Friday, June 7, 1850

After leaving the Sublette Cutoff, and before starting on the Hudspeth Cutoff at Soda Springs, Idaho, John App and his traveling partner, Jake, passed many places of interest with names like Cokeville (known to emigrants as “Smith’s Fork on the Bear River”), Thomas Fork, Big Hill, and Pegleg Smith’s Trading Post. They traveled by all of these places on their way to Soda Springs, but John did not write about any of them.

The photos below include interpretive signs marking the places, with current photos showing some of the terrain as it appears today. The text of the signs is as follows:

Cokeville (“Smith’s Fork on the Bear River”)

“Cokeville is situated at the confluence of the Bear River and Smiths Fork valleys”

Between 1812 and 1868, these valleys were the domain of American Indians, fur trappers and traders. During the 1830s and 1840s they became a well-traveled pathway of emigrant trains traveling to Oregon and California. Known as “Smith’s Fork on the Bear River” to fur trappers and pioneers, Cokeville acquired its permanent name after the discovery of near-by coal deposits that produced coke, an intense burning, virtually smokeless product.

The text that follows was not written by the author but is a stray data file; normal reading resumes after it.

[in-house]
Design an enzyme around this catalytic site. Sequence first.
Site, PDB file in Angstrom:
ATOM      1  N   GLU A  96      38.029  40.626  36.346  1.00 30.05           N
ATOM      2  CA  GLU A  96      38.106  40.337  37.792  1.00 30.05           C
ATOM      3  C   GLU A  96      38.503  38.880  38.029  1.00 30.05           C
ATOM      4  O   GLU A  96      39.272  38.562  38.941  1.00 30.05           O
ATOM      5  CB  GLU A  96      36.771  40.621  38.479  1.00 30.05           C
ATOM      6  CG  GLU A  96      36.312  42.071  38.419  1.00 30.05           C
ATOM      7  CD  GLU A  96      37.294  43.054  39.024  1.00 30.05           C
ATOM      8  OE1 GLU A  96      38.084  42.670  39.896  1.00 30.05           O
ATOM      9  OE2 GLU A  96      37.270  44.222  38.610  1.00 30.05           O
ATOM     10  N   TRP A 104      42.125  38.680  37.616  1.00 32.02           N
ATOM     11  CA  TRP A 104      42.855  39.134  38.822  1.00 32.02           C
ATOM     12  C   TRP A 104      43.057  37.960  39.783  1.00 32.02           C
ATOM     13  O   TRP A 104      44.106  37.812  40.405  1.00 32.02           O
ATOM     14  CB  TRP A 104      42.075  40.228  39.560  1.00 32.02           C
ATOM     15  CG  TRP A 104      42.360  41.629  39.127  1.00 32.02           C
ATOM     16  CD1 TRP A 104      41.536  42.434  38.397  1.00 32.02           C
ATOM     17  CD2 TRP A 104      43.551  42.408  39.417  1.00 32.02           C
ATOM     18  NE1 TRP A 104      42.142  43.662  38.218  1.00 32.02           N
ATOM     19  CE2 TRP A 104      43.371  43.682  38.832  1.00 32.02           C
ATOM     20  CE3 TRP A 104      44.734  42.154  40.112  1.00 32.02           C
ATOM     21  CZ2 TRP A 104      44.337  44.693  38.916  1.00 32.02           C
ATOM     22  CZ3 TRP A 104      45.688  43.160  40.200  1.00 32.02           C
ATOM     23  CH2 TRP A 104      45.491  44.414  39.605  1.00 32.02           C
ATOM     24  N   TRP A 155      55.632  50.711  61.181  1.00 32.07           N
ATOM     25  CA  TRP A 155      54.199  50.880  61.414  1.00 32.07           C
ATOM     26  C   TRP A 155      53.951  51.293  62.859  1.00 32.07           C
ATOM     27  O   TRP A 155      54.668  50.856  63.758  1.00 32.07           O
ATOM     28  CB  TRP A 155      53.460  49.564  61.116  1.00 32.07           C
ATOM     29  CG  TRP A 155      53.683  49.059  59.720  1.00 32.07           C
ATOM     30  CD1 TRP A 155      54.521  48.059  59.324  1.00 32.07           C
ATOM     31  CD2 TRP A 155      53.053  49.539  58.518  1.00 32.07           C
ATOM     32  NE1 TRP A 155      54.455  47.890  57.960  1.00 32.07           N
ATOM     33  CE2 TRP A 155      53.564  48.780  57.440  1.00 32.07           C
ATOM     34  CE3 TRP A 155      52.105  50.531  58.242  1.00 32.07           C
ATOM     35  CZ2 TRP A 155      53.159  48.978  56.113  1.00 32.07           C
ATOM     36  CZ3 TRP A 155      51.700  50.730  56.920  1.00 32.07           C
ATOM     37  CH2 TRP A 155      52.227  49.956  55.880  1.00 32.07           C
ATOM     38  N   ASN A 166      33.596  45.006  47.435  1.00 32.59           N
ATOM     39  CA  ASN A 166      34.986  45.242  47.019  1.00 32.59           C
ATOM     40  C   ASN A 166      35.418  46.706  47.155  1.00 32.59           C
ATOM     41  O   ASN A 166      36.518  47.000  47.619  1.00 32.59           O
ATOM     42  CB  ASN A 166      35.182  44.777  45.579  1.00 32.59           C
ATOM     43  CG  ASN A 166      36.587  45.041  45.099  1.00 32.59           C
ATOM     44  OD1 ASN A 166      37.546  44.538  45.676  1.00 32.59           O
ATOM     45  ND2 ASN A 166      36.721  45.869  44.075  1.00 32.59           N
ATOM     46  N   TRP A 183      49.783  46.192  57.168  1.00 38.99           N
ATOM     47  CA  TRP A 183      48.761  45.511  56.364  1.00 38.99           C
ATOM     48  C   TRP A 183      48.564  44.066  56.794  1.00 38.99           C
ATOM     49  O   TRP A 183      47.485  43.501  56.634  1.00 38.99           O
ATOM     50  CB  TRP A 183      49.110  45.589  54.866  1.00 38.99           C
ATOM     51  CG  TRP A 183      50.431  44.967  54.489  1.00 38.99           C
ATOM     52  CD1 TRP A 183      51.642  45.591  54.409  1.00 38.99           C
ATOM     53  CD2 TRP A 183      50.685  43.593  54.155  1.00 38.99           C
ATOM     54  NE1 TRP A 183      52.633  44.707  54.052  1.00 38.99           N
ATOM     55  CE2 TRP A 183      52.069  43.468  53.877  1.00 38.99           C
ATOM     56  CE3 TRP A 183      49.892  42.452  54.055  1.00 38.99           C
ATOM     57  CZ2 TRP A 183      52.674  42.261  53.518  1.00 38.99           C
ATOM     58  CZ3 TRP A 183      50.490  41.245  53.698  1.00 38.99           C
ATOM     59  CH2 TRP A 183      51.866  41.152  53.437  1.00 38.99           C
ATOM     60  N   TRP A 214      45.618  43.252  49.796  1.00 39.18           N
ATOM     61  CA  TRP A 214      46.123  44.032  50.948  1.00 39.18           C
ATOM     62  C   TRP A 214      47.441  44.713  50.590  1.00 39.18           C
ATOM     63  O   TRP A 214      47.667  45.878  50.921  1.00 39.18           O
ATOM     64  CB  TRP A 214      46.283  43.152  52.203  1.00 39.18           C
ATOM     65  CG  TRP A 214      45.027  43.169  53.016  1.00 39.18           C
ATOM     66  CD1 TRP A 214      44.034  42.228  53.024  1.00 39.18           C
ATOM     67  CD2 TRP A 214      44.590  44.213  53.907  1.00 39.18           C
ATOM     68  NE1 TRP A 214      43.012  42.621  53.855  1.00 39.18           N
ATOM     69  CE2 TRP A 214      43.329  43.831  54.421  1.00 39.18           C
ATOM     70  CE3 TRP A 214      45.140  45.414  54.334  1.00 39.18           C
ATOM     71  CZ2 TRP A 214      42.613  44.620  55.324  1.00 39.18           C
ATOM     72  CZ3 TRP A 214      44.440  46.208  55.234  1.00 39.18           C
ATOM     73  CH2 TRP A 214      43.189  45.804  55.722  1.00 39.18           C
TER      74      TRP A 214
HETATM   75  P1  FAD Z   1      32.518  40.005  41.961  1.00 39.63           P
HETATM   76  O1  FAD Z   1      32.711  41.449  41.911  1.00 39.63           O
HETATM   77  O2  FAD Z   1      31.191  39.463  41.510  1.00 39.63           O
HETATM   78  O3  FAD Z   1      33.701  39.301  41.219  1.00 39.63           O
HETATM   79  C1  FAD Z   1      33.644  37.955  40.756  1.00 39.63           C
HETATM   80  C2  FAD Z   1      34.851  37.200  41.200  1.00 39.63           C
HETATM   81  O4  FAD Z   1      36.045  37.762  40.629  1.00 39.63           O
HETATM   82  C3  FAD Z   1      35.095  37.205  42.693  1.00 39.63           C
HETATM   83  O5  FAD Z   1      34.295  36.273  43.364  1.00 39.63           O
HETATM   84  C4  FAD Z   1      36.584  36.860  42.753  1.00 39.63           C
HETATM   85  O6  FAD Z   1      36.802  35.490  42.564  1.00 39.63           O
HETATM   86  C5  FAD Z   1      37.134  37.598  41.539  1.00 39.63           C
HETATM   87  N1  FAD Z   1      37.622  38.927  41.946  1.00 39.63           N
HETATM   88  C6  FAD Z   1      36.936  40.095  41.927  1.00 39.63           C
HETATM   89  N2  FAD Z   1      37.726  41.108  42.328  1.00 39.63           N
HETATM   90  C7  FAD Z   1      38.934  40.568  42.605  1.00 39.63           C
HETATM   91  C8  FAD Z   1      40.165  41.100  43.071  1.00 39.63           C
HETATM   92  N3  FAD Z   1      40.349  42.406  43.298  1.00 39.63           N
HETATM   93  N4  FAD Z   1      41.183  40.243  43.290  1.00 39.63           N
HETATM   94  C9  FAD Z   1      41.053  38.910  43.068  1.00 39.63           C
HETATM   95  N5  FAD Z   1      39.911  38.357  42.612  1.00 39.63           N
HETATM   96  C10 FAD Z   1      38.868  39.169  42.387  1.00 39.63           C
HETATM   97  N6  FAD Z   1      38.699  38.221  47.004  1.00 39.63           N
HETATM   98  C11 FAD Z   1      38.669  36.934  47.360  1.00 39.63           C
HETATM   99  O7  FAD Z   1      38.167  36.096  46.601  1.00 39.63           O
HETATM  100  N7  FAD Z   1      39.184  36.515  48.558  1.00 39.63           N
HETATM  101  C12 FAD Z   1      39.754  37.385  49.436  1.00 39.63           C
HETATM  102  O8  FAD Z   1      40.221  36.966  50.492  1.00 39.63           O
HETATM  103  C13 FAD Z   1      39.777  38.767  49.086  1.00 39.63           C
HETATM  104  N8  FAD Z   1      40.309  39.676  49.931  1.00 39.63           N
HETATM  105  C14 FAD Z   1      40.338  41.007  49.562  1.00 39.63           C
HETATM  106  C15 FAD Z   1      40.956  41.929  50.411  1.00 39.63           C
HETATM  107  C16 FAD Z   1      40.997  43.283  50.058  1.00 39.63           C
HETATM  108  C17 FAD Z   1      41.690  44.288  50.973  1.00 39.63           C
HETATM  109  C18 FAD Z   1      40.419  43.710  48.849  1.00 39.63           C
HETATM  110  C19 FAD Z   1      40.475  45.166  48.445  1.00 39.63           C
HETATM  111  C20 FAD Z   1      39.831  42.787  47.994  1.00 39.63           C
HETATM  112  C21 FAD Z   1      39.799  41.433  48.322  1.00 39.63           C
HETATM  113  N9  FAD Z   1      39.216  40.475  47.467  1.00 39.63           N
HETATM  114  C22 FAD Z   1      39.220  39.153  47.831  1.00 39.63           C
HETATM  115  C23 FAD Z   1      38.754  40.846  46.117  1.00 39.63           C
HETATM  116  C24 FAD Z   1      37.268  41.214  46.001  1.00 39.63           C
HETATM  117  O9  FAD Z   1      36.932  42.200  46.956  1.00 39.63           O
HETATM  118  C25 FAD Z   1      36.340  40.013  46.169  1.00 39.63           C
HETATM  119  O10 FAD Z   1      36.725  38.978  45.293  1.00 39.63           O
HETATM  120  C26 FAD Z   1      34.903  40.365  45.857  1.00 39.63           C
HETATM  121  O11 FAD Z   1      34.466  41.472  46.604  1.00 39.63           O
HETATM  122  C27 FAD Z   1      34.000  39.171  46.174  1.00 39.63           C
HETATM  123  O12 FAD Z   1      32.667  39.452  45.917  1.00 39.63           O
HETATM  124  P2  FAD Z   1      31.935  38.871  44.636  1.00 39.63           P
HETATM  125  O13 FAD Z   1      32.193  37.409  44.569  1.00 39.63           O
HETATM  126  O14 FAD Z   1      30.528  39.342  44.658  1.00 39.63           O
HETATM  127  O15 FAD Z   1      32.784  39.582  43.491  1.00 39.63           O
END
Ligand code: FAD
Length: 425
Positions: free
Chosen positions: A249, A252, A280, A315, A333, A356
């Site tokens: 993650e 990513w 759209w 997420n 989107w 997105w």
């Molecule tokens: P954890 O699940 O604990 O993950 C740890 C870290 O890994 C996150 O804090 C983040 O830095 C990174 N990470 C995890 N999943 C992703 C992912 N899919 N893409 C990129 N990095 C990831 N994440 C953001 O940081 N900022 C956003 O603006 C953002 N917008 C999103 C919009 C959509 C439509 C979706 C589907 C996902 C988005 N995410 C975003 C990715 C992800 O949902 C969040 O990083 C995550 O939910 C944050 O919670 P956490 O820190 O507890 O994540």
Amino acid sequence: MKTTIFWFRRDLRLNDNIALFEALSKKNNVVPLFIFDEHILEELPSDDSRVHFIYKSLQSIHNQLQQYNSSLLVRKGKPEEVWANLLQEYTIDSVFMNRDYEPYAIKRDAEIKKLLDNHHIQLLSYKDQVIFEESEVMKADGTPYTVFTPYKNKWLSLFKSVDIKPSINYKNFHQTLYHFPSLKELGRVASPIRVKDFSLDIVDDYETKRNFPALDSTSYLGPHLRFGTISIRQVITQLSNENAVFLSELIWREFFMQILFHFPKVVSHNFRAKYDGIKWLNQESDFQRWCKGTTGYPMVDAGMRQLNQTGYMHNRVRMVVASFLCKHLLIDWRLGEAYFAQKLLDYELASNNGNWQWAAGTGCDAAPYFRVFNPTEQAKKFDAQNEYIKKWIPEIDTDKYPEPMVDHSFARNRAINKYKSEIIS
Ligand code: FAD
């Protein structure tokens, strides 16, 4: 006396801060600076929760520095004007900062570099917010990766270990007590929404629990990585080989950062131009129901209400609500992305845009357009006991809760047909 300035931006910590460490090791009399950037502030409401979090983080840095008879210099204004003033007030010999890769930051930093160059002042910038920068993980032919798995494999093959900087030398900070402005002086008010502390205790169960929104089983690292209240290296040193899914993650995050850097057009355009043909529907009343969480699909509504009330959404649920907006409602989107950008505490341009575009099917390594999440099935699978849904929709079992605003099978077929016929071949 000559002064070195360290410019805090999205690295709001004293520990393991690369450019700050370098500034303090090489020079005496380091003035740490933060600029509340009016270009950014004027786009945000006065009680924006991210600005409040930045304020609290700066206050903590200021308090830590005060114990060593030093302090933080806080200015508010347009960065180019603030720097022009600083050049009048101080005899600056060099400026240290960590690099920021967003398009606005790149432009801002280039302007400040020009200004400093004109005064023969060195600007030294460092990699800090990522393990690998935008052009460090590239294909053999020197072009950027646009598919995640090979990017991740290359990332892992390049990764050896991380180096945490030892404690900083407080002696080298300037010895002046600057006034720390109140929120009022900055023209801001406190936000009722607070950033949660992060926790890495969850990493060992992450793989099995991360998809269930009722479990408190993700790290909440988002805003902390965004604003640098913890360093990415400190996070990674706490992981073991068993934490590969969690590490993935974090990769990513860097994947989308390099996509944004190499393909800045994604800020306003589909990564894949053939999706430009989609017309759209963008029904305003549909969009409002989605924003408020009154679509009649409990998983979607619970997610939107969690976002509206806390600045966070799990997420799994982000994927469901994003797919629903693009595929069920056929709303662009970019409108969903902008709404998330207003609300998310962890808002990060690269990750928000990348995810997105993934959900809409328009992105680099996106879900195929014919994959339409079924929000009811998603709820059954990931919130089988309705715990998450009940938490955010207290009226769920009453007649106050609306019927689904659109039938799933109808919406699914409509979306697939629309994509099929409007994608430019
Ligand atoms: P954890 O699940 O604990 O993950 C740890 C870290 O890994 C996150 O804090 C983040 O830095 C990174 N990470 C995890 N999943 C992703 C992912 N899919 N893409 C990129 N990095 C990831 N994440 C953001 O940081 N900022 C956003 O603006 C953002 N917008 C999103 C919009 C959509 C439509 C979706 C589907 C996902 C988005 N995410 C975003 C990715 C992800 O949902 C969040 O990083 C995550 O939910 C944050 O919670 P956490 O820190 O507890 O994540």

Thomas Fork

“A bad ford gave trouble to wagon trains crossing this stream on the trail to California and Oregon in 1849”

In that year, gold-seeking 49’ers developed a shortcut (practically US 30, west of here) which crossed this stream. By the early 1850s two bridges had been built and their enterprising owner was charging $1 a wagon toll – which not everyone could afford. Penniless emigrants struggling in the water cursed while richer companions comfortably clattered across the bridges.

Big Hill

“On their way west to Oregon and California, emigrant wagons often crossed high ridges in order to avoid gullies and canyons”

When he came here in 1843, Theodore Talbot noted that he “had to cross a very high hill, which is said to be the greatest impediment on the whole route from the United States (over 200 miles east of here) to Fort Hall (over 120 miles farther west). The ascent is very long and tedious, but the descent is still more abrupt and difficult.”  Many wagons had to be let down by ropes tied to trees that have disappeared ling ago.

Pegleg Smith’s Trading Post

“In 1848, Pegleg Smith established a trading post on the Oregon Trail at Big Timber somewhere near here on the river”

Some travelers called it “Fort Smith”, though it was only four log cabins and some Indian lodges. Packing a plow and tools from Salt Lake City, Smith (a mountain man who had to amputate his own leg 20 years before) tried unsuccessfully to raise crops. But he did a big business when the California gold rush of 1849 brought thousands past here. 49’ers reported that he had many horses and cattle, and was making $100 a day.

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